Panniculitis is an inflammation within adipose tissue. Clinically, individuals present with tender nodular lesions typically on the calves or shins that feel thickened and woody. A microscopic evaluation divides panniculitis into four subtypes. Lobular with vasculitis e.g. Erythema nodosum leprosum (leprosy), Lucio’s phenomenon; Lobular panniculitis without vasculitis e.g. Scelerosing panniculitis (lipodermatosclerosis), Calciphylaxis; Septal panniculitis with vasculitis e.g. Leukocytoclastic vasculitis, Superficial thrombophlebitis; Septal panniculitis without vasculitis e.g. Necrobiosis lipoidica, scleroderma, which may be localized (morphea). When the inflammation has subsided, a depression in the skin may be left in the affected area. Treatment includes rest and elevation, compression hosiery, anti-inflammatory medication and antibiotics, systemic steroids, potassium iodide or surgical removal of lesions.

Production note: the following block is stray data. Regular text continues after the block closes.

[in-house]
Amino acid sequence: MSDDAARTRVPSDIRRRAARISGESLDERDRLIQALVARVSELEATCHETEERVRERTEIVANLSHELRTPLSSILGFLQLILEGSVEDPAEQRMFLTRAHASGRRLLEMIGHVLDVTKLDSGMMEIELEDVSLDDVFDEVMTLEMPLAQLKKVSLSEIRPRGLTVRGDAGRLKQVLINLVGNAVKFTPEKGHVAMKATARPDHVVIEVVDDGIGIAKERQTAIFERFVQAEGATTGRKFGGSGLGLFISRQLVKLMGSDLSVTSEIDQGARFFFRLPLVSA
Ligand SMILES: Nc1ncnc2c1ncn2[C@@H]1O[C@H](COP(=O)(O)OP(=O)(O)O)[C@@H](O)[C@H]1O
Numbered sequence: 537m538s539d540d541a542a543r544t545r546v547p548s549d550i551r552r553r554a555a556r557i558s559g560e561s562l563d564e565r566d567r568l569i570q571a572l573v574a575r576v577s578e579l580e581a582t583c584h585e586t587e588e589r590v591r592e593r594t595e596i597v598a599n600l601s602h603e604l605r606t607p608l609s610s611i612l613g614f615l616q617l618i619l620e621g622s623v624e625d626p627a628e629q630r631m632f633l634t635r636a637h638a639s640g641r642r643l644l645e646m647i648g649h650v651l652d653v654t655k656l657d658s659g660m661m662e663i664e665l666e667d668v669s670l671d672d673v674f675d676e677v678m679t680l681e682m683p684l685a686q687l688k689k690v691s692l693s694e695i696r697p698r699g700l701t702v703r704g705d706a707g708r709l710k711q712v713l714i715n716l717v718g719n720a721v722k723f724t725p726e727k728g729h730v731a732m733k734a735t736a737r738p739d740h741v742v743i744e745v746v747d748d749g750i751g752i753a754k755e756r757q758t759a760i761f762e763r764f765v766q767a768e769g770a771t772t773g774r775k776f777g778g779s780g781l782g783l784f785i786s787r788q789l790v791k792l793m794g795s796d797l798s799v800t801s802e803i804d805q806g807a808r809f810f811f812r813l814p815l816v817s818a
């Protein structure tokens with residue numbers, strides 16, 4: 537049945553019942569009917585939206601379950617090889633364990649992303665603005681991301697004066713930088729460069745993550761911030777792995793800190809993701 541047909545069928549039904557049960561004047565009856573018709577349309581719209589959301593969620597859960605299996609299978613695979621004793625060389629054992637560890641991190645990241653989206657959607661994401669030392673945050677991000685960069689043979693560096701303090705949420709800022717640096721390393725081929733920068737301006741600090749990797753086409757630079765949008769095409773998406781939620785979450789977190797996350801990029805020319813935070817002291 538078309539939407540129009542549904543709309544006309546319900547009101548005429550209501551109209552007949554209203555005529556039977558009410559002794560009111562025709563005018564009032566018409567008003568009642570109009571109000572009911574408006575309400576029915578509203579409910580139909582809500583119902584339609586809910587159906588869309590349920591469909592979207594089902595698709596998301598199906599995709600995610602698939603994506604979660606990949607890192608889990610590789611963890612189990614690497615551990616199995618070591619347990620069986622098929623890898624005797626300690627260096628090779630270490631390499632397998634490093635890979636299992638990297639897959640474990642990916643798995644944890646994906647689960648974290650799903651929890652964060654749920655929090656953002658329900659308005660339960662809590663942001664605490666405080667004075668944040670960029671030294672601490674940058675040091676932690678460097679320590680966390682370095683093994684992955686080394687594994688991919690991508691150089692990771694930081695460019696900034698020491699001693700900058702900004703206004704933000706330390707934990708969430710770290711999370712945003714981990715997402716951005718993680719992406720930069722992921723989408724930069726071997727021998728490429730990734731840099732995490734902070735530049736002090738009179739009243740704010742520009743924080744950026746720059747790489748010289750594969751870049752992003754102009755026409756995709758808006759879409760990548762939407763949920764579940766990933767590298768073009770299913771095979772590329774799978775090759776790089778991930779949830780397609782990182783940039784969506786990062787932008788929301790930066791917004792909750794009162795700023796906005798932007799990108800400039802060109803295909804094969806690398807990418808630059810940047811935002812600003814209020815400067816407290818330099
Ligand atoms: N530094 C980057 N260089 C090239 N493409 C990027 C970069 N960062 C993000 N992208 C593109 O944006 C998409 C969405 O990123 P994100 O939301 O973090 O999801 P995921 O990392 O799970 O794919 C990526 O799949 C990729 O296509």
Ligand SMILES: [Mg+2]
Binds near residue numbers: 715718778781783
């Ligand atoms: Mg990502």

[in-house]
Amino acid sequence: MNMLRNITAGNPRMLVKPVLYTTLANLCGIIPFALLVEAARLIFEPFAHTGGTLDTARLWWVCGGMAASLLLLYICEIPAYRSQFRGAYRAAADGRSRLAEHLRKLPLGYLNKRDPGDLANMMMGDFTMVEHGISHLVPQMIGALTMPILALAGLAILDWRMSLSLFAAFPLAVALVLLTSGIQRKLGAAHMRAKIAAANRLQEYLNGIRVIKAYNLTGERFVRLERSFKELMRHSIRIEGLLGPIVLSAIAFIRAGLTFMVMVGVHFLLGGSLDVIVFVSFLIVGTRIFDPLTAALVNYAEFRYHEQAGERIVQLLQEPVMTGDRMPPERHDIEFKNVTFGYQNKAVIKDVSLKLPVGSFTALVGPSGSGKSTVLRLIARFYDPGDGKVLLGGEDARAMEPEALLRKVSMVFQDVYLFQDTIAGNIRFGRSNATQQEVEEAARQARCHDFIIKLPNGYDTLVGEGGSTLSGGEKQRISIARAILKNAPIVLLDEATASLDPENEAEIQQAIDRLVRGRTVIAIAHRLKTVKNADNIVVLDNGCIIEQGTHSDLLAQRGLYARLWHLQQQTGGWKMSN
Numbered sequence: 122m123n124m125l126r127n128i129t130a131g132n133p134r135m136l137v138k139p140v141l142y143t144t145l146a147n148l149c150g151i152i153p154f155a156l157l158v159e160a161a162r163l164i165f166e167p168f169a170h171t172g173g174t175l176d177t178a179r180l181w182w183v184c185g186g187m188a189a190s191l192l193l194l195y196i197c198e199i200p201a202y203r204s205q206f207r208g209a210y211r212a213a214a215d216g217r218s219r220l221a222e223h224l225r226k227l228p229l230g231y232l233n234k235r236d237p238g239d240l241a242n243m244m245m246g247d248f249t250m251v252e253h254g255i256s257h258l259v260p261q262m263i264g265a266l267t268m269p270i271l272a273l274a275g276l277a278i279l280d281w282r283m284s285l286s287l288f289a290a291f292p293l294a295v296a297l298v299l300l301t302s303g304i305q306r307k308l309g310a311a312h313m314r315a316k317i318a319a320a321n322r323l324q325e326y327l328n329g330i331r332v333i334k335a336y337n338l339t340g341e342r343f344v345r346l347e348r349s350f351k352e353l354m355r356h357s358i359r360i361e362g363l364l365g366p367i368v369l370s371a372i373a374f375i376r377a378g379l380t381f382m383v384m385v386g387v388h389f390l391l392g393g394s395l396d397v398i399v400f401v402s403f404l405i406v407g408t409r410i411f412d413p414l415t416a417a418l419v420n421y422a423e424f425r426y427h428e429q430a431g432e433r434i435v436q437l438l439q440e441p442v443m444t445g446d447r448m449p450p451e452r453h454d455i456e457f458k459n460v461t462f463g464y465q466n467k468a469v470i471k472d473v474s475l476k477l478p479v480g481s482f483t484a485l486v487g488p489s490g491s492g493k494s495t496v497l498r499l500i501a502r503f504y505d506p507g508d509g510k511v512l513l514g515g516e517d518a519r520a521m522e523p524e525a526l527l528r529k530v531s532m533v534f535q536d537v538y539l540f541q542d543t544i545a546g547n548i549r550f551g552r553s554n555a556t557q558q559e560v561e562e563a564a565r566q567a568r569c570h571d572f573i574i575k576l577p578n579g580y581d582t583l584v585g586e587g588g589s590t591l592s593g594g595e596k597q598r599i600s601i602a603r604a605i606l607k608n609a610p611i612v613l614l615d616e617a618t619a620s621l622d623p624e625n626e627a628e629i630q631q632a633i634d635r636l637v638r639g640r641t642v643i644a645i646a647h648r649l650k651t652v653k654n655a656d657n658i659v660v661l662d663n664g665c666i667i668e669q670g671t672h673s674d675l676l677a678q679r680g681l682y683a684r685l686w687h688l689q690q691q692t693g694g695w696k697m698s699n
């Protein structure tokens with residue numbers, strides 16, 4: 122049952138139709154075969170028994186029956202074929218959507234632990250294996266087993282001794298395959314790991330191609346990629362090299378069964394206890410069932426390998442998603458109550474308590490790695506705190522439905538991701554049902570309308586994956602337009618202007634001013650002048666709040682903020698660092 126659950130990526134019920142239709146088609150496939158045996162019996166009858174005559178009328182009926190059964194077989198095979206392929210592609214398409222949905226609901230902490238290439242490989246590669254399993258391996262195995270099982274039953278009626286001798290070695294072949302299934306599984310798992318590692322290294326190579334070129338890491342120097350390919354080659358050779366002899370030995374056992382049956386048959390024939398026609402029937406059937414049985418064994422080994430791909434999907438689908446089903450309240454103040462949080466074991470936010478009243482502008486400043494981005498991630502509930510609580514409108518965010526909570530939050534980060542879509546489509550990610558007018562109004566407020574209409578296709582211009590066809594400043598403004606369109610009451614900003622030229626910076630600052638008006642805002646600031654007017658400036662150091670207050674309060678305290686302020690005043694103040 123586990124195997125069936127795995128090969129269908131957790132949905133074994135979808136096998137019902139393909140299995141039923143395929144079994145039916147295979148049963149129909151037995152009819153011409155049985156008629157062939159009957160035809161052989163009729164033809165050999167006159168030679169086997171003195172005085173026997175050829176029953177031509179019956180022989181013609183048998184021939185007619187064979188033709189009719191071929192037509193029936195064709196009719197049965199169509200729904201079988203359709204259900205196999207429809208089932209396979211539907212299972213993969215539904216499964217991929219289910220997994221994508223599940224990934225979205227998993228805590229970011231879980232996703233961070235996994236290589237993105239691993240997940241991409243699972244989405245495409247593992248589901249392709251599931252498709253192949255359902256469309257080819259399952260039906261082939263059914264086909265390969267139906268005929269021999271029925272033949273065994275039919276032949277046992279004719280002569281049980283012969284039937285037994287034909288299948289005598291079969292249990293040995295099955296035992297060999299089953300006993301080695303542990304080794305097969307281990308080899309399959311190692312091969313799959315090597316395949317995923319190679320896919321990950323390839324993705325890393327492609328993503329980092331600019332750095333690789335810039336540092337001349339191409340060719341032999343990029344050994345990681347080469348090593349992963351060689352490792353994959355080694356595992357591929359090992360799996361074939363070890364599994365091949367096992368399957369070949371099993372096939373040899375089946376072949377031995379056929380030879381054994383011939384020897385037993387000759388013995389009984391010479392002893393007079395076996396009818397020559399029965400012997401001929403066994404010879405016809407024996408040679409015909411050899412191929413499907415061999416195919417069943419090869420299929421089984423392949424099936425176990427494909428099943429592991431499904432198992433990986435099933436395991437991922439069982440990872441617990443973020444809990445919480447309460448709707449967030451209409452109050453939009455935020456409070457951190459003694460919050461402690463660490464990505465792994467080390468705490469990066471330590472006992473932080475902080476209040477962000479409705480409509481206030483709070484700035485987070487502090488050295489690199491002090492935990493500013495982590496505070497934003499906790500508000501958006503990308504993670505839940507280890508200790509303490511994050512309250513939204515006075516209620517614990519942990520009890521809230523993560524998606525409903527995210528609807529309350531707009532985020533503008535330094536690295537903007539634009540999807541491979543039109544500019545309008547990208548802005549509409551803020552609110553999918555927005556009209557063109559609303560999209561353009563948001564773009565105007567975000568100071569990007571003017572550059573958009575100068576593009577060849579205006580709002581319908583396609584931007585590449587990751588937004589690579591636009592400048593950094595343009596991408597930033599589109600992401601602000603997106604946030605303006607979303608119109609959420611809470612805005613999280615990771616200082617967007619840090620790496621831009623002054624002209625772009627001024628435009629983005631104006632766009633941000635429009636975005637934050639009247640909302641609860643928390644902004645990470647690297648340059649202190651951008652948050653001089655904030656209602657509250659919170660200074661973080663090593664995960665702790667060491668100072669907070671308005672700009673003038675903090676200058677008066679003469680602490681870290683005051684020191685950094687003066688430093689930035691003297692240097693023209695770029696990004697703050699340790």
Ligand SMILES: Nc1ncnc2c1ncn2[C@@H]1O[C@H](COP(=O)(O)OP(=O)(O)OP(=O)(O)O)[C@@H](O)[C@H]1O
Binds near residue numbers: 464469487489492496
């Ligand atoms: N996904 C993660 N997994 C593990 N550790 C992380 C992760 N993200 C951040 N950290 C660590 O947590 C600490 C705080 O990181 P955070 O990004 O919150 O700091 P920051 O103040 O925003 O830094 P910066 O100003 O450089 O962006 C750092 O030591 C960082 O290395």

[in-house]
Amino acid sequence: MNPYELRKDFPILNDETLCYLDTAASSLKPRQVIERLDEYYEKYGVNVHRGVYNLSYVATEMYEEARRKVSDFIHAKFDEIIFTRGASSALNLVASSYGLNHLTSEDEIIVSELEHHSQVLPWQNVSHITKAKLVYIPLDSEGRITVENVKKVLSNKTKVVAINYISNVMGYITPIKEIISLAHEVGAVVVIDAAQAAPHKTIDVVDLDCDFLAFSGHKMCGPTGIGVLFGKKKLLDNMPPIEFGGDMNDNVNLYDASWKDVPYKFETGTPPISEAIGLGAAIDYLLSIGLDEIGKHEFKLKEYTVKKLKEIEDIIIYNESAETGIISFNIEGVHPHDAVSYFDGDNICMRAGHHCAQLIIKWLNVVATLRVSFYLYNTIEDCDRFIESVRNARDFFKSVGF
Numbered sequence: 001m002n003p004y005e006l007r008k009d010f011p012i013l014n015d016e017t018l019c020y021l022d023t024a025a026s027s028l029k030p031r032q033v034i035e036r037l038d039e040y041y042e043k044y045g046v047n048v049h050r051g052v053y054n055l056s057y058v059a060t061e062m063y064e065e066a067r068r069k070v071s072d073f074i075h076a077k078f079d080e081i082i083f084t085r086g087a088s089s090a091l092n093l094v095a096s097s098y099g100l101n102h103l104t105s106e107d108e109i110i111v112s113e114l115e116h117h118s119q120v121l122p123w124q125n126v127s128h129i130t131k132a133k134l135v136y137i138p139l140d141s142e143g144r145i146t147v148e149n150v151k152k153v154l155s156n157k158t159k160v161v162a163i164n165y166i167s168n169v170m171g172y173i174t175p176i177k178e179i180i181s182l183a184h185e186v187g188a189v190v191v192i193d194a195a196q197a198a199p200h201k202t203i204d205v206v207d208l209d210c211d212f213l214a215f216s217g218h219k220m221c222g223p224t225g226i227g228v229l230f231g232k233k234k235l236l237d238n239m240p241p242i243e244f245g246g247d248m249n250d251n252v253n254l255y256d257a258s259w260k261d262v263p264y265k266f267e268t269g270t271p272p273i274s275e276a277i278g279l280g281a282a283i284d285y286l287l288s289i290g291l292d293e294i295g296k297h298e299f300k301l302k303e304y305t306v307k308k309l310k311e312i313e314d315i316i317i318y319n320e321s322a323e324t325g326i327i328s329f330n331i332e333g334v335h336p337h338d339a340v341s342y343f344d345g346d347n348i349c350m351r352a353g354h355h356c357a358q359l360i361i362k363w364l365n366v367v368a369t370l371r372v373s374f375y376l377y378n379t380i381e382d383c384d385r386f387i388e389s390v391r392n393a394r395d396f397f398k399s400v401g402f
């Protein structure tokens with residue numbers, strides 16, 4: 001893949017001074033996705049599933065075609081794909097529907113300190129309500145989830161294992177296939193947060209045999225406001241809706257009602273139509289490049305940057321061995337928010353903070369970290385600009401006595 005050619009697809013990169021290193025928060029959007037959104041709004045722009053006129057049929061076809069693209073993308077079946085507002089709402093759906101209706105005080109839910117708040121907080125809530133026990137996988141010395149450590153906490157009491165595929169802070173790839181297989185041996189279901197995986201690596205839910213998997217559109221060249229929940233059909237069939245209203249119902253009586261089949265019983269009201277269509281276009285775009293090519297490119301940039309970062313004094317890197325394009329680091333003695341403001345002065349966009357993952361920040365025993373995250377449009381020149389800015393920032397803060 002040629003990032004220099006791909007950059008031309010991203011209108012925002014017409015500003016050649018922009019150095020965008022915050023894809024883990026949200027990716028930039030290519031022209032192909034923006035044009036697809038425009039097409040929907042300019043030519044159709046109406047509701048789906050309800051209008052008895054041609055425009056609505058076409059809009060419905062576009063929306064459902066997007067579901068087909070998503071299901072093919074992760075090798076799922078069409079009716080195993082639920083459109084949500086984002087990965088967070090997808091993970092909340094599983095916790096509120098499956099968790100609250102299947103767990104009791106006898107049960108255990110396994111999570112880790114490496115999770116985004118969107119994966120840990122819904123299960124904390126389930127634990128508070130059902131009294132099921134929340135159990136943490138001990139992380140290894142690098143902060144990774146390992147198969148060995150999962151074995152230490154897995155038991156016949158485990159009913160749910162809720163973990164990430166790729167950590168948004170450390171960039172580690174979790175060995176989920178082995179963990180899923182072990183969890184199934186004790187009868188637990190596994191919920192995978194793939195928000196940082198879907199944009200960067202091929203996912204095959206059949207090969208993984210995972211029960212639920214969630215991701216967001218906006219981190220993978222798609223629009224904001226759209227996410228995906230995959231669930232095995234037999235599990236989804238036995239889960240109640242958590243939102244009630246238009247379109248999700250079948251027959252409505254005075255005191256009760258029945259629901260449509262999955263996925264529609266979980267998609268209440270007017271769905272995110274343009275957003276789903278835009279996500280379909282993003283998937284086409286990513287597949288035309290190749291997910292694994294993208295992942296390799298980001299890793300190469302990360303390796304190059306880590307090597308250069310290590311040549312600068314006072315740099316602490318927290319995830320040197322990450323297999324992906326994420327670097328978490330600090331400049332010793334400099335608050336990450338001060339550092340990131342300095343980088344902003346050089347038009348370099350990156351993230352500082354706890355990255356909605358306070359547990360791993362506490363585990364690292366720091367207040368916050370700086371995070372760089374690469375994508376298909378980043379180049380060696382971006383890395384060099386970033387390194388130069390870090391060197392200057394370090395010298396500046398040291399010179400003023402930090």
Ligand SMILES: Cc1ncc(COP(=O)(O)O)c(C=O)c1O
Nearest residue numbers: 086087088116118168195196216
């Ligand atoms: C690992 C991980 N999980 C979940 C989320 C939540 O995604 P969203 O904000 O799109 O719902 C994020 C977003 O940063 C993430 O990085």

Peak age of 25-40, Female: Male ratio 4:1
Without systemic disease e.g. trauma, cold. With systemic disease e.g. collagen vascular disease, lymphoma.
Single or multiple crops of nodules in subcutaneous fat
Nodular lesions throughout body
Inflammation primarily in the septa is designated septal panniculitis, whereas inflammatory cells primarily in the fat lobules designate lobular panniculitis.
1. “Panniculitis” (Online). March 2007. http://dermnetnz.org/dermal-infiltrative/panniculitis.htmlhtml (visited: April 1, 2008) 2. “Panniculitis” (Online). http://www.healthcentral.com/encyclopedia/408/175.html (visited: April 1, 2008)